Sunday, January 21, 2007

Adam Smith Not responsible for Neoclassical Decreasing Returns

I have commented on David Warsh’s book, Knowledge and the Wealth of Nations’, on ASLL and I return to what a reader has to say about it. I believe the reader, Tom Debevoise ( commits an error, first of attribution of ideas Smith did not have (yes, it’s good old invisible hand again) and then by extension heaps a problem on Smith that he did not, in fact, have in Wealth of nations.

Tom Debevoise writes:

“you should first read and grasp the two fundamental economic themes of Adam Smith’s 1776 book, “The Wealth of Nations” (If you don’t already know them).

Smith’s book addresses both microeconomic principles and practices using the example of a “Pin Factory”. It was an analogy, or model, for an individual enterprise with its division of labor. The model describes falling cost because of increase scale and managing the classic actors of production, and the pursuit of increasing returns. The story describes macroeconomic industry principles and practices using the notion of the “invisible hand of perfect competition”. The hand is a force that leads to new enterprises entering profitable markets and copying existing profitable enterprises. Supposedly this would lead to rising cost because of demands on scarce resources. Because of competition no enterprise in the industry will set and maintain their prices. The result is decreasing returns (profits) to all enterprises in a given industry.”

The first and second sentence may be acceptable (though it says nothing about the context) but from the third sentence is goes awry.

The division of labour within manufacturing: In Smith’s day this meant exactly that: made by hand, not by machines powered by some source, such as the yet to be invented workable steam engines that could turn objects and drive things. This associated manufacturing with increasing returns, to which growing markets added yet more fruitful divisions of labour.

But Smith never wrote anything about the ‘invisible hand of perfect competition’. This is an attribution of neoclassical economics. His use of the metaphor described human motivation having unintended consequences (not always benign – e.g., monopoly or protectionism – and today pollution).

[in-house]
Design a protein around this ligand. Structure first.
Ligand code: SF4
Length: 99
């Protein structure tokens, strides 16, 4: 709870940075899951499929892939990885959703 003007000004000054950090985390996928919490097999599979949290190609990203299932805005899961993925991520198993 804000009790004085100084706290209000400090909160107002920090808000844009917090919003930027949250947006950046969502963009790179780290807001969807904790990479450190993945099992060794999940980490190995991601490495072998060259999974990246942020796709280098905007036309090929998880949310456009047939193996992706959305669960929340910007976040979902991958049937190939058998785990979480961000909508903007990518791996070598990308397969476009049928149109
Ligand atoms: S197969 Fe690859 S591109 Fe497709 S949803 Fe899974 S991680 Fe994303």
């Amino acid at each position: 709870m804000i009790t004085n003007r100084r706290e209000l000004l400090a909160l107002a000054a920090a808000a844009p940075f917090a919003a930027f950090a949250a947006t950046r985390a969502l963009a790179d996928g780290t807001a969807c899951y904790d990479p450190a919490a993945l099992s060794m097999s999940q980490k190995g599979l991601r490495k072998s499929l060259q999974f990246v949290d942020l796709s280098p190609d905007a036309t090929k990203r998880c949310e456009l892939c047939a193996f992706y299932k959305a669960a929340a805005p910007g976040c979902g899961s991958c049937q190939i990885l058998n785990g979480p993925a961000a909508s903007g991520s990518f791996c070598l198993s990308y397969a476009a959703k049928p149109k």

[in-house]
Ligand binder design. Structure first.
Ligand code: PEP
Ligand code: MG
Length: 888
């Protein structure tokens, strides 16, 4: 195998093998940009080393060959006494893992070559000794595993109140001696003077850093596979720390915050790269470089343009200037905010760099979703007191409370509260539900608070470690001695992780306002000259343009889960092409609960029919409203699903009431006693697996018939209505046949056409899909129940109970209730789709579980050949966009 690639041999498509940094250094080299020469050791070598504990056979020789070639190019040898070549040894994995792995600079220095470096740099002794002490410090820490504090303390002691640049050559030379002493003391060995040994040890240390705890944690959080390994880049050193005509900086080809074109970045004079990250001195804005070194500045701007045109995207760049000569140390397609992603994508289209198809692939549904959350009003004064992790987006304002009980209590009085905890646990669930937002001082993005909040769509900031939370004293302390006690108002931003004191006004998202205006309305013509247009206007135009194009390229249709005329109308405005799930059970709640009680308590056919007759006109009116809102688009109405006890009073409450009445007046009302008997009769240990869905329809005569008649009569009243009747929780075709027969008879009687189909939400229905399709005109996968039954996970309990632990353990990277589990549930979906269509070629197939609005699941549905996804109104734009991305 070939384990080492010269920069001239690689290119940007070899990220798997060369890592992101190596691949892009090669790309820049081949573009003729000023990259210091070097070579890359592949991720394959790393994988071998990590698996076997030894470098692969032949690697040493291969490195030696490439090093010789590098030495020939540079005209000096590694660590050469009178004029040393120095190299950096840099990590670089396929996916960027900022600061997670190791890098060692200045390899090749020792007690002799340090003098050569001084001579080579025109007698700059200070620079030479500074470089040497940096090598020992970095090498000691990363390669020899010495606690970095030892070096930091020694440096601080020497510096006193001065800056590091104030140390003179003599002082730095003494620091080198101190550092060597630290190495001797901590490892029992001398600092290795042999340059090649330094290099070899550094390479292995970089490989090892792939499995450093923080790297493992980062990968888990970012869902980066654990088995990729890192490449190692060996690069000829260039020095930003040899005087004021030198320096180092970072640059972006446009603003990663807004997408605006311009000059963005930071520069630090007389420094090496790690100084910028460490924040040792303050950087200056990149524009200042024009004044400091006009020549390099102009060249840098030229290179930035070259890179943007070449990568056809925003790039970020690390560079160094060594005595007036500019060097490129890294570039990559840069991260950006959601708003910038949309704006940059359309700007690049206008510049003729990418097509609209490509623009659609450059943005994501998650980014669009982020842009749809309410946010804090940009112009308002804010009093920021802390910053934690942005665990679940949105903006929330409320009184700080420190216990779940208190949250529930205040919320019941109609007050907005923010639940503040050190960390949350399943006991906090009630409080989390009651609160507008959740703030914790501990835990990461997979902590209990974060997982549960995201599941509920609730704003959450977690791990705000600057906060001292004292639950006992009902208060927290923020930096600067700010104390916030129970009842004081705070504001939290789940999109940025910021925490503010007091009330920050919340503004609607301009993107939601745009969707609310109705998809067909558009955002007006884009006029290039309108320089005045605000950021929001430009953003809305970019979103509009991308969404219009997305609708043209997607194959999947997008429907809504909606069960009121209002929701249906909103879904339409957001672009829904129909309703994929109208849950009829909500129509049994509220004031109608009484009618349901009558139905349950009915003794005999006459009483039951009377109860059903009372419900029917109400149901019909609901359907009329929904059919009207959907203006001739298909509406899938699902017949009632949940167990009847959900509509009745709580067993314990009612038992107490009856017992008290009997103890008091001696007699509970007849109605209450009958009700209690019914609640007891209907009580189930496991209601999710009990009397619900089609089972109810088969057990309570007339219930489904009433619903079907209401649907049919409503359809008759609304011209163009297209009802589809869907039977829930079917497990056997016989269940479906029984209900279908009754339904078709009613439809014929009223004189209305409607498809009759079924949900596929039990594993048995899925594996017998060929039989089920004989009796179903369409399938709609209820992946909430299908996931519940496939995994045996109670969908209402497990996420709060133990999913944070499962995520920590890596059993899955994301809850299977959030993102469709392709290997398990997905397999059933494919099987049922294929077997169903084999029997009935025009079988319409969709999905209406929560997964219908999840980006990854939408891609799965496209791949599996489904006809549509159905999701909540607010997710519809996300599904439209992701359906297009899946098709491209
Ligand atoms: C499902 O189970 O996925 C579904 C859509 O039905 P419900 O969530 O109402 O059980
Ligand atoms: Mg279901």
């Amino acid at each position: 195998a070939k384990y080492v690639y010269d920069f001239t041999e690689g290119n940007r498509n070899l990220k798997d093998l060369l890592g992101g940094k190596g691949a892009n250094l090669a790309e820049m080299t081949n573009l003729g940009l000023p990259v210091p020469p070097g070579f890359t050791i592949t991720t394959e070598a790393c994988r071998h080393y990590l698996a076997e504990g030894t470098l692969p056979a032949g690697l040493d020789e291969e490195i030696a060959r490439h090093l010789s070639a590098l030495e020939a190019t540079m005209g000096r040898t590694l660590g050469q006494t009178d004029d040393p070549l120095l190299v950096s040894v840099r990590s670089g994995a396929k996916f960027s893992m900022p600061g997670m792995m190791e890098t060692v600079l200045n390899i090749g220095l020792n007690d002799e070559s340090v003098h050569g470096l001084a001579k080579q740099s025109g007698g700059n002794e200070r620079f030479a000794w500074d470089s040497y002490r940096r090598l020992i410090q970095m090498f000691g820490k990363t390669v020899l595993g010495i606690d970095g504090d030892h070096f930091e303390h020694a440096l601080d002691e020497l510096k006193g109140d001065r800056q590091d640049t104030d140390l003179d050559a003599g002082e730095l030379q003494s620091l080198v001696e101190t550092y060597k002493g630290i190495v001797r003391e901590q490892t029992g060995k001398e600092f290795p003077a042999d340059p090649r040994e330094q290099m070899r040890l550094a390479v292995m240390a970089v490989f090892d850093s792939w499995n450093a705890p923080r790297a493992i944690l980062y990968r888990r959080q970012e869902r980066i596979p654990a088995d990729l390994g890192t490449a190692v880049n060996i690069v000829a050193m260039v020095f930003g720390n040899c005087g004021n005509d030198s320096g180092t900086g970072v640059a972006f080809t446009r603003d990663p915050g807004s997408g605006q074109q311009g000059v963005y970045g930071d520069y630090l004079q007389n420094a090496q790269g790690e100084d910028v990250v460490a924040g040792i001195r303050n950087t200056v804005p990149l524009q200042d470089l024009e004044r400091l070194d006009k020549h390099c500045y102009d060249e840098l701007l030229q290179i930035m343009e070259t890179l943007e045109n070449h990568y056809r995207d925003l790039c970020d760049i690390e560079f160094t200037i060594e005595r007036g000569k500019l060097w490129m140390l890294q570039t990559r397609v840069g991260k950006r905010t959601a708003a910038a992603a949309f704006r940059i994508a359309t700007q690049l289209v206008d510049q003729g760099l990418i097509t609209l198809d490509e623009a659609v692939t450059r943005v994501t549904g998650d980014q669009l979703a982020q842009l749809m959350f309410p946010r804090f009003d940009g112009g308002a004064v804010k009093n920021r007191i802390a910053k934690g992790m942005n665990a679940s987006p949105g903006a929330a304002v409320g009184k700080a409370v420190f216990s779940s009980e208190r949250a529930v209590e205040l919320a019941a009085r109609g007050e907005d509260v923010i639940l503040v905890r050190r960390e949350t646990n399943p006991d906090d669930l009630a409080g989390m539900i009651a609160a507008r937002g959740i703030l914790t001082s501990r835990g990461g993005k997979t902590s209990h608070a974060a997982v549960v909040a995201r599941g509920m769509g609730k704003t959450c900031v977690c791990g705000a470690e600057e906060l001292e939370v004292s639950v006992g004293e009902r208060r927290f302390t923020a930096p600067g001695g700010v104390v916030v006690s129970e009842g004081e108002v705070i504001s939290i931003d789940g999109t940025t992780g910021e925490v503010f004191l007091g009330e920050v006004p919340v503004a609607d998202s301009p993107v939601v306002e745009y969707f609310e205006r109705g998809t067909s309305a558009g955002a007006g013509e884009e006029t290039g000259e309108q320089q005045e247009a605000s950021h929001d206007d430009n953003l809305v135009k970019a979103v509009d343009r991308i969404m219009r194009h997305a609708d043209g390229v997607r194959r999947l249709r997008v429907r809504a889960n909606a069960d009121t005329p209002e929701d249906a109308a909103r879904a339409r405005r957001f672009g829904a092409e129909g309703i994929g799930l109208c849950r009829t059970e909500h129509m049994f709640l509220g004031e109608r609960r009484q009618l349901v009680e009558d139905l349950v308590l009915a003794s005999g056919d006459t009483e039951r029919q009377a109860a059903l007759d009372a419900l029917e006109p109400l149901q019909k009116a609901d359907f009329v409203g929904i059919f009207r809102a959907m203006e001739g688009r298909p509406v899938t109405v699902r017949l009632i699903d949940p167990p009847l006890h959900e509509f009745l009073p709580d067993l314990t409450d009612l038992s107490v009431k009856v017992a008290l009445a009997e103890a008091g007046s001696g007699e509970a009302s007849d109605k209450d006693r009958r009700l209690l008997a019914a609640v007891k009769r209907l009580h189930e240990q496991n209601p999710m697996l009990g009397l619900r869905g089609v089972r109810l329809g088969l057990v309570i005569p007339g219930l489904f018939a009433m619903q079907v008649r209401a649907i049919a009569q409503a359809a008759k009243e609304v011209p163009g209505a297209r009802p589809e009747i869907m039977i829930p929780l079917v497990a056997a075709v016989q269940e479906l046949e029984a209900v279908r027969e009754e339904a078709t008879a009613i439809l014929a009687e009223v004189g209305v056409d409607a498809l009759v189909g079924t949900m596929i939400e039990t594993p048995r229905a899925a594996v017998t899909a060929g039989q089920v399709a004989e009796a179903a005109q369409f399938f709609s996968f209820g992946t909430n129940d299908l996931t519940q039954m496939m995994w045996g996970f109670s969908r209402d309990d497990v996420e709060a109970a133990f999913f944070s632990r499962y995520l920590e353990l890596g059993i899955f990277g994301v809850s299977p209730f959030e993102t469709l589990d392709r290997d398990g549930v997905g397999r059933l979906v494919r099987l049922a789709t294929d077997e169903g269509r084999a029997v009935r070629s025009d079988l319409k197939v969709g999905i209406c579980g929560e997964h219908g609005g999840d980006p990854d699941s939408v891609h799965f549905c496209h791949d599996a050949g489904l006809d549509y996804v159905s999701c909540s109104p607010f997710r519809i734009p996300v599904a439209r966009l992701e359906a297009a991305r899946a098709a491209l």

Diminishing returns was related to agriculture, not manufacturing, and owes more to Ricardo and Malthus. At that time the economy was dominated by agriculture (around half of GNP). Manufacturing was stirring but not yet flooding across the economic landscape. Political economists tended to focus of the economics of agriculture from the Physiocrats through to all the classical economists. Smith did not get increasing returns wrong; what he said was right, but he did not address the question of the future changes in the economy with manufacturing, driven by power machinery (electricity) because he took an historical, not a prediction oriented, view of the economy he studied.

Neoclassical economics, post-1870 and the marginalists went down the diminishing returns road, even after the ‘industrial revolution’ (which Smith knew nothing about, nor did he know anything about the phenomenon of capitalism, a word invented in 1854).

Profits still fall in industries without innovation changes or replacement technologies. Neoclassical economics and general equilibrium theory, focused on the conditions of perfect competition, not Smith; it imported into economics diminishing returns as a general rule for all activity, not Smith.

That Romer has challenged the assumption of neoclassical economics of decreasing returns to industry is timely; that Smith set the profession on the wrong road is no true, unless, of course, you attribute to markets the myth that Smith found in them ‘an invisible hand’. You may do this safely, but you cannot establish that Smith had this view. If you think I am wrong, please educate us all from his Texts (not second-hand quotations and ascriptions).

The division of labour and new technologies challenge an individual enterprise’s increasing returns in their current product lines. In short, increasing returns are not infinite in a firm; they may be in an economy as a whole. The firm may adapt and continue with rising profits; it may, as so many have, go from profits to losses and extinction as other firms overtake them. That is what Schumpeter meant by the ‘perennial gale of creative destruction’ – the endogenous intervention, if you like, of new knowledge.

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